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Mountain Mischief: Dead headlight leads to drunken driving arrest

Eagle Valley Enterprise
Vail, CO Colorado

Editor’s note: The following excerpts were taken from Eagle County law enforcement officers and police reports.

On March 7, a deputy saw a Dodge Durango turn onto U.S. Highway 6 in Avon. One of the vehicle’s headlights was out, and the deputy did a traffic stop.

When he contacted the 22-year-old driver, the deputy smelled a strong alcoholic odor on the man’s breath. The man also had bloodshot, watery eyes. The officer asked him four times where he was coming from before he could answer.



The deputy asked the man to perform voluntary roadside maneuvers, which he failed.

A half-empty can of beer was found between the driver and passenger seats. An empty 750 milliliter bottle of hard alcohol also was found on the floor behind the passenger seat. The man was taken into custody for further investigation of driving under the influence of alcohol.



A breath test indicated the man had a breath/alcohol content of .227. The legal limit is .08.

The man’s license was revoked, and he was cited for DUI and driving without a headlight.

On March 15, a 25-year-old Eagle-Vail resident called 911 after her boyfriend choked her in their apartment.



When deputies arrived, the boyfriend was gone. The woman said he was drunk and punched and strangled her.

They were waiting to catch a bus to Vail when the argument started, she said. Her boyfriend started yelling at her, so she went home. He continued yelling at her when he came home much later. The woman went to her room, and the man followed. He hit her in the arms and upper thigh and then choked her with both hands to the point where she couldn’t breathe. Then she went into the bathroom to get away. She said her boyfriend forced his way in, which knocked her into the glass shower door and knocked it off its track. The man threw her to the floor and choked her again, and she called 911 when he let her up.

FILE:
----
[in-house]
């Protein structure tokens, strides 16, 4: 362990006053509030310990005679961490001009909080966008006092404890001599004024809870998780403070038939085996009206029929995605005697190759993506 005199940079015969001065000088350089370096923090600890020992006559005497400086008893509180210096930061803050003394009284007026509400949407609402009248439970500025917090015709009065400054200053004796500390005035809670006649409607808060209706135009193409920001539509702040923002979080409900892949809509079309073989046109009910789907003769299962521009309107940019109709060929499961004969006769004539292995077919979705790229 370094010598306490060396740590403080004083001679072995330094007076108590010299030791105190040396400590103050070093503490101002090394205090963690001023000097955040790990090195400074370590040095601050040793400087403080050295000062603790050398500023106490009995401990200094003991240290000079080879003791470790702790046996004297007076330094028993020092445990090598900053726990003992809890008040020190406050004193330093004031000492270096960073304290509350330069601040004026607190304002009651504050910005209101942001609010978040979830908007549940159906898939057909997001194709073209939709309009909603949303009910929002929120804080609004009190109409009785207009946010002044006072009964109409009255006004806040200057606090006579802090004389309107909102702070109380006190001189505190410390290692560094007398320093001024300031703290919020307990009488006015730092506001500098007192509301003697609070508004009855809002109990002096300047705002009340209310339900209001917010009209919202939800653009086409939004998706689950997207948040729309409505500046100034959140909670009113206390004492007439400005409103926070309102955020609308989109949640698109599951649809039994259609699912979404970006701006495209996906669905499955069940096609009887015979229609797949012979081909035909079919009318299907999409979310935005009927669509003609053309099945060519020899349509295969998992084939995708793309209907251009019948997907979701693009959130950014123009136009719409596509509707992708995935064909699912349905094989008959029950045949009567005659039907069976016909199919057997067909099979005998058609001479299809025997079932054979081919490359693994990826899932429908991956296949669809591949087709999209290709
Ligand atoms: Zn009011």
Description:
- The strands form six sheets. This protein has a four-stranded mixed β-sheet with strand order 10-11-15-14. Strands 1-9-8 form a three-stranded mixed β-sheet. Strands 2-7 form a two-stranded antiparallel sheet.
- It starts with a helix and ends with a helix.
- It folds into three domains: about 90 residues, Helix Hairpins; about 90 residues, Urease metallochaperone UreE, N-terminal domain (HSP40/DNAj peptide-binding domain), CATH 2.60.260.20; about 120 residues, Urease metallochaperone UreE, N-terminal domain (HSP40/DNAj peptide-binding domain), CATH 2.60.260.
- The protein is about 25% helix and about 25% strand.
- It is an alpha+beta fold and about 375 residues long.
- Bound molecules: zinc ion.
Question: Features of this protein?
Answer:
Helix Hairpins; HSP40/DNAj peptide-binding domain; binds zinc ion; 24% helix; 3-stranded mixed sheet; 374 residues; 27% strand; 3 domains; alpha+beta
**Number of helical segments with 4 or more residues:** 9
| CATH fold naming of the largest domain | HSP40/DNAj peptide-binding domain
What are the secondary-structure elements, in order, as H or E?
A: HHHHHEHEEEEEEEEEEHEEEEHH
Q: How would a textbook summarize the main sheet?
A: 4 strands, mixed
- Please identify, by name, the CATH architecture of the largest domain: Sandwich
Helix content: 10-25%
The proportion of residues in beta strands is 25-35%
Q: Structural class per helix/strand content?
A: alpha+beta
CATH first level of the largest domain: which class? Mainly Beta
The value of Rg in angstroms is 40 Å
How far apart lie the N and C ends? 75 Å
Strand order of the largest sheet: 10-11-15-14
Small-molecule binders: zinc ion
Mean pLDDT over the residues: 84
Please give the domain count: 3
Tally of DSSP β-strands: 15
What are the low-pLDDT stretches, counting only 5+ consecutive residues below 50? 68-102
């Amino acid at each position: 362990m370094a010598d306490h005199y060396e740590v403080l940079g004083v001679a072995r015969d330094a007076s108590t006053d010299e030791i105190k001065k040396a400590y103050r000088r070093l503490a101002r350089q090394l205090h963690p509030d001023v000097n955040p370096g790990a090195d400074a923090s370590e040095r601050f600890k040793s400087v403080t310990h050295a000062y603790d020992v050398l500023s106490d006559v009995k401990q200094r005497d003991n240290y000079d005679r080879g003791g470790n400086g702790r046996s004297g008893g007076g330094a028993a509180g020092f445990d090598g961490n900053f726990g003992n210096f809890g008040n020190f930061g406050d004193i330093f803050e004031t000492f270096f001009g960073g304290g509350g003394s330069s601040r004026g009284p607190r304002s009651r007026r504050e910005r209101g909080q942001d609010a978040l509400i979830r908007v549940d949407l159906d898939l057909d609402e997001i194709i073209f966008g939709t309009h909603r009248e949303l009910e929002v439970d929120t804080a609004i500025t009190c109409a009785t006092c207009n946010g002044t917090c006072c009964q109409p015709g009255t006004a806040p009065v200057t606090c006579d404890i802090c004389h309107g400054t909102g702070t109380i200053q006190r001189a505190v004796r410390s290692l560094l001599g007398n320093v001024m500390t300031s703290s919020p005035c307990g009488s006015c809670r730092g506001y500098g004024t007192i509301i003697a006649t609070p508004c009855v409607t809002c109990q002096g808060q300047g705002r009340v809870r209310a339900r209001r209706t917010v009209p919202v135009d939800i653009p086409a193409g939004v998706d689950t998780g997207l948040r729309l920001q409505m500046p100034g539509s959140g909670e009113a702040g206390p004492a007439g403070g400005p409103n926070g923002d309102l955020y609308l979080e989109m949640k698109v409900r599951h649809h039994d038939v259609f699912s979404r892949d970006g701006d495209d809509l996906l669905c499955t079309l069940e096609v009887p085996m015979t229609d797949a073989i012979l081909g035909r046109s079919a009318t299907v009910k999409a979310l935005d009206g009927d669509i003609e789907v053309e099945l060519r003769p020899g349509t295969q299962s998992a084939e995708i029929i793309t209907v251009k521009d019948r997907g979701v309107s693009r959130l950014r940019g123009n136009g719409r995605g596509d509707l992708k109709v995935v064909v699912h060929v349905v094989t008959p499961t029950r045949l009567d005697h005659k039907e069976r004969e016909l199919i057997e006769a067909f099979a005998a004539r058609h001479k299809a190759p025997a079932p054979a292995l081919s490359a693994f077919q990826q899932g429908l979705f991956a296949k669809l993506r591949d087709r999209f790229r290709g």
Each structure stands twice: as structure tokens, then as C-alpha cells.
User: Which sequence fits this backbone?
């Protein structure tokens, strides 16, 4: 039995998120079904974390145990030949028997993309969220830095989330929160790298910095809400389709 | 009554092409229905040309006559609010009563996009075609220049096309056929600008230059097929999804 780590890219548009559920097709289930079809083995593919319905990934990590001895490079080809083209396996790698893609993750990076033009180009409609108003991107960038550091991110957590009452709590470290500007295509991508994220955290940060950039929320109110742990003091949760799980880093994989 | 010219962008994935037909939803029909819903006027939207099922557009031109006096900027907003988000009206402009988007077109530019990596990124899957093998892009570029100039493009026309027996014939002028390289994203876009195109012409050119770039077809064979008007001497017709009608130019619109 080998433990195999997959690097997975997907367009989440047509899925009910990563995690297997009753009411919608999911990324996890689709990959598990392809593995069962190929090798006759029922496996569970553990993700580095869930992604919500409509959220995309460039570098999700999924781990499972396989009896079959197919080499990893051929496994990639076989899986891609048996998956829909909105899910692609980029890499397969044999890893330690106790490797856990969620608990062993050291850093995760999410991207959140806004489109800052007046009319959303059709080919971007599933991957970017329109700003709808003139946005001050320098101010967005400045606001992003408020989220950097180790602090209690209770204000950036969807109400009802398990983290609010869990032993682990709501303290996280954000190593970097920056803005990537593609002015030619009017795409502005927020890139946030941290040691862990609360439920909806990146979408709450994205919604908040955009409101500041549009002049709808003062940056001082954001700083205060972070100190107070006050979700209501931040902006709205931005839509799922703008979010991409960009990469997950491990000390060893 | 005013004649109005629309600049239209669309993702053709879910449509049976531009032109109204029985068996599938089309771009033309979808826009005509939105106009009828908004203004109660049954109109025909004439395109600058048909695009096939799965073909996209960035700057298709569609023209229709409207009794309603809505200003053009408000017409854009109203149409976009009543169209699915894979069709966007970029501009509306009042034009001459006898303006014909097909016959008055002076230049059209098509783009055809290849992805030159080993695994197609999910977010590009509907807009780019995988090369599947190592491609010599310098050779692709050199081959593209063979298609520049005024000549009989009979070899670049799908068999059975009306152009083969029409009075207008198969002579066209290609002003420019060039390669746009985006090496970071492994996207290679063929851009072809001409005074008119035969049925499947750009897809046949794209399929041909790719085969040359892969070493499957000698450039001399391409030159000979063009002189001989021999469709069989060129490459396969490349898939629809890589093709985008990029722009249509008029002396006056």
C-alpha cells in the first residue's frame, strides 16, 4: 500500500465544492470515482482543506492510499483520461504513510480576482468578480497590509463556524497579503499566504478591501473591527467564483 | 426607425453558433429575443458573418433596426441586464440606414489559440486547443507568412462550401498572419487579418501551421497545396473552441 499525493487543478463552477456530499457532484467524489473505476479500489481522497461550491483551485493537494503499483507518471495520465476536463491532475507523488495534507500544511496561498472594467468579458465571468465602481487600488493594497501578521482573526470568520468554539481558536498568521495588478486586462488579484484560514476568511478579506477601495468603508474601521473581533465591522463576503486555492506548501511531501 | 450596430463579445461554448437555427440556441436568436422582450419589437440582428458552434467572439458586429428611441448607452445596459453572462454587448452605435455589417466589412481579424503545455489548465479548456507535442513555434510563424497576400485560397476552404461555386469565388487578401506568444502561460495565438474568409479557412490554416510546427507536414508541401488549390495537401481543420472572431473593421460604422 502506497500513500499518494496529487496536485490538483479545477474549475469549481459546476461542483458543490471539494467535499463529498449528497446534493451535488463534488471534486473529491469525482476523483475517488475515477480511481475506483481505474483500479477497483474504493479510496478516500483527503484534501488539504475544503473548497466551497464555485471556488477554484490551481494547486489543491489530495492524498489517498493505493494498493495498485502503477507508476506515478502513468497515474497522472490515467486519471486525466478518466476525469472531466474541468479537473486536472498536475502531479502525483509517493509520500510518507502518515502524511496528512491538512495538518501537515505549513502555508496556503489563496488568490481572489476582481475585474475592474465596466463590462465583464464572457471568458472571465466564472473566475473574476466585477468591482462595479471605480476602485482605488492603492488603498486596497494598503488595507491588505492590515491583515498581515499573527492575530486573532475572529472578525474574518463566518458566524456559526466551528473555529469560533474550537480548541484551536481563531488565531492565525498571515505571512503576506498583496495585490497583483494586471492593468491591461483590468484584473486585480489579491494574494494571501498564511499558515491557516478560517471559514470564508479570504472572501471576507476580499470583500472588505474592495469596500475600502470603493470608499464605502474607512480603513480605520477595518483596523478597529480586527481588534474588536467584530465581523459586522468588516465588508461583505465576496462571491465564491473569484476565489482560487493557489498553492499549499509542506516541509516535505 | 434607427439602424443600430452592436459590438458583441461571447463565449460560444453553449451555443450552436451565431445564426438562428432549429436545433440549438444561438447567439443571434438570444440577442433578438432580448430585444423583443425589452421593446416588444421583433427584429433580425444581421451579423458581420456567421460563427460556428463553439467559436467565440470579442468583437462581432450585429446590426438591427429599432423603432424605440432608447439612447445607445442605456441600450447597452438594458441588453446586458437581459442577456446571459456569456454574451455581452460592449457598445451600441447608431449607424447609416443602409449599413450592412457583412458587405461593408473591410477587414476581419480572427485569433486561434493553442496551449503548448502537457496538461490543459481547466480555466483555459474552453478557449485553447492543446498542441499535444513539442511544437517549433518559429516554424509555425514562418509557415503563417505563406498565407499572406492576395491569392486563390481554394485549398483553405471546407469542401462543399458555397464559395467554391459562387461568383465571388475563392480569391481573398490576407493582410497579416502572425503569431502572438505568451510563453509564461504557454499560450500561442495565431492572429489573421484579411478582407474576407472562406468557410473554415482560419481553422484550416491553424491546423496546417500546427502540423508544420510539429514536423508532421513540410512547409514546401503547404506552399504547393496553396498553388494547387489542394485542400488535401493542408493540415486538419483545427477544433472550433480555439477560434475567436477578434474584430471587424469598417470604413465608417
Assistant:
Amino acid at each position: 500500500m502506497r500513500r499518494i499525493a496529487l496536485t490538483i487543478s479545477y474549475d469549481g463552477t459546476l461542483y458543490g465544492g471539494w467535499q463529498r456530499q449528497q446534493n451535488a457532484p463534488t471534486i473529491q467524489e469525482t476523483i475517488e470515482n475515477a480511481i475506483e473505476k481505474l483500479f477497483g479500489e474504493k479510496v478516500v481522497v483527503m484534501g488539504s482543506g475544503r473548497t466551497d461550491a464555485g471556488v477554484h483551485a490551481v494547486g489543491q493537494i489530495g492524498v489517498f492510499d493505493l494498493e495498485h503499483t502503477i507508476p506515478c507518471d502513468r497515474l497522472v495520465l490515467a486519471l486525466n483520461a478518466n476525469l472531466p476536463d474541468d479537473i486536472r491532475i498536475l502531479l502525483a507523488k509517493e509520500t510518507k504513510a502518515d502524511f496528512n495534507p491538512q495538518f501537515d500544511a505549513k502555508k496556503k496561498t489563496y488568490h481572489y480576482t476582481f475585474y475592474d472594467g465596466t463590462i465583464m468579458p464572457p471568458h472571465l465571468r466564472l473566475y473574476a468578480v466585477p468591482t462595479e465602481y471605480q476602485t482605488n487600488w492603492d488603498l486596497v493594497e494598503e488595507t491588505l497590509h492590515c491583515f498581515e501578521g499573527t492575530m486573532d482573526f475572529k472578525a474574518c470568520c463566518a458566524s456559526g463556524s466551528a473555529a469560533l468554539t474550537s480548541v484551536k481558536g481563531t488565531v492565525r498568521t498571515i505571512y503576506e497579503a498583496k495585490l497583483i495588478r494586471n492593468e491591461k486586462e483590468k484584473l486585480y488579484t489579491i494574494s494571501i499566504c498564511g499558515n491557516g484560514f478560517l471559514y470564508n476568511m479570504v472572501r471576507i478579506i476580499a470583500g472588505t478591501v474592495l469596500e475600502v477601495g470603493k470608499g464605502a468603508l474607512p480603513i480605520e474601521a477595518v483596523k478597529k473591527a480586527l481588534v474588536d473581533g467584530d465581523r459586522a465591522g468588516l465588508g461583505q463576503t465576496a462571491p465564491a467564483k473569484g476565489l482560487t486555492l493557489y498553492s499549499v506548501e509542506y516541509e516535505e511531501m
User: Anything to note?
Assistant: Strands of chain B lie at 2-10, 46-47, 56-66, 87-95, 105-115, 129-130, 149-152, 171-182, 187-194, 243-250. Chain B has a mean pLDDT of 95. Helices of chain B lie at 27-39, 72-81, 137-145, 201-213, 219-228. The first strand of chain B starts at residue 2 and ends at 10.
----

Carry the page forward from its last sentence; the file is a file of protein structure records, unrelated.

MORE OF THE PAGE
Deputies took photographs of marks and scratches on the woman’s throat.

After several attempts, officers contacted the suspect by phone. He agreed to meet them at the Eagle-Vail substation.

The 25-year-old man said he and the woman are on the verge of breaking up. He said the argument started when he refused to take her to Vail to buy marijuana. Instead, he dropped her off at the bus stop and went home. His girlfriend came home and yelled at him, poking her finger into his chest. She pushed him and he pushed back, he said. They started “wrestling around,” and then he pushed her into the bathroom. He held the door closed and put his shoes on.

A deputy noticed marks on the man’s neck and asked how he got them. The man said it probably happened while they were “wrestling around.” However, he did not have an answer for how the woman received the marks on her neck.

The man was arrested for harassment and domestic violence.

Ten dead car batteries stacked outside the Avon NAPA store were stolen March 8.

This was the third time this had happened at the store. The batteries were going to be redeemed at a recycling facility for about $12 each and were stacked on a pallet in back of the store.

A surveillance camera recorded a dark-colored van pulling up next to the batteries. Two men got out and loaded them into the van. However, the video quality was poor and deputies couldn’t make out the license plate of the van.

Officers told the store manager that the Sheriff’s Office won’t take any more reports about such thefts if the store doesn’t make a better attempt to secure the dead batteries.